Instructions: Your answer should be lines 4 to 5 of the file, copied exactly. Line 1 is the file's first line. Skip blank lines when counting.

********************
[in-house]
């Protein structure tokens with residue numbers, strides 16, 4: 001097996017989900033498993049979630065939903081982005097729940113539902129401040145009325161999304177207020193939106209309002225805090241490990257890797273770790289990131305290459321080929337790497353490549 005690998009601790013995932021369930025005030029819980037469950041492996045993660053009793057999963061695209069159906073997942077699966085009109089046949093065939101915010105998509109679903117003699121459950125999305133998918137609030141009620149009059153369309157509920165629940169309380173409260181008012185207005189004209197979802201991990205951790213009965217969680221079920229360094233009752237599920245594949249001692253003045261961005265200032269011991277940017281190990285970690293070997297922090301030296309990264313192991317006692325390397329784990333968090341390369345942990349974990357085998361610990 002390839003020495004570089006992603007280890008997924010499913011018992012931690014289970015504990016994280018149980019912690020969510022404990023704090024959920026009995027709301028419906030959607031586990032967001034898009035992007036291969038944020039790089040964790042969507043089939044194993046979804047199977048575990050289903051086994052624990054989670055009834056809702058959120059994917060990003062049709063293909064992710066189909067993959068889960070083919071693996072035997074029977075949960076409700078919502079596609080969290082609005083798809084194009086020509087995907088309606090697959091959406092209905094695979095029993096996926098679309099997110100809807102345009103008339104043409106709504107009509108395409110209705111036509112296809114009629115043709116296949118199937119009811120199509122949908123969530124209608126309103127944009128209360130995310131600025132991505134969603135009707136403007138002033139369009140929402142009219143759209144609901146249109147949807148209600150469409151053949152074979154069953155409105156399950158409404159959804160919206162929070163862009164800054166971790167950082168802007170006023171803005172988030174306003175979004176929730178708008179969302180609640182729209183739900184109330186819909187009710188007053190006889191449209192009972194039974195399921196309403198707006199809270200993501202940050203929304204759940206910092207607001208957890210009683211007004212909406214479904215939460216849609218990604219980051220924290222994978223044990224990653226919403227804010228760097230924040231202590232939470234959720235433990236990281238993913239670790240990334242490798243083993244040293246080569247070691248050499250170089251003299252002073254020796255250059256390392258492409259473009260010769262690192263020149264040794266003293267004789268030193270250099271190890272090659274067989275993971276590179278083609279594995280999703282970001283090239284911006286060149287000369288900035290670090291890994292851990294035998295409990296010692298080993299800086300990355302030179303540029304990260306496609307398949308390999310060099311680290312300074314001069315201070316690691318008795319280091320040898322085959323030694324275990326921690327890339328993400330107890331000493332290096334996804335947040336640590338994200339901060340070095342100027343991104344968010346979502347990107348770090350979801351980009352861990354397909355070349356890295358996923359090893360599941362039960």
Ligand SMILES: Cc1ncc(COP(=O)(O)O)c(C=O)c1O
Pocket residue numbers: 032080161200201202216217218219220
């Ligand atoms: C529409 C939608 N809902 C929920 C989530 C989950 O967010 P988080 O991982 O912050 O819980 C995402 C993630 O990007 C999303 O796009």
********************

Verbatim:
Pocket residue numbers: 032080161200201202216217218219220
């Ligand atoms: C529409 C939608 N809902 C929920 C989530 C989950 O967010 P988080 O991982 O912050 O819980 C995402 C993630 O990007 C999303 O796009």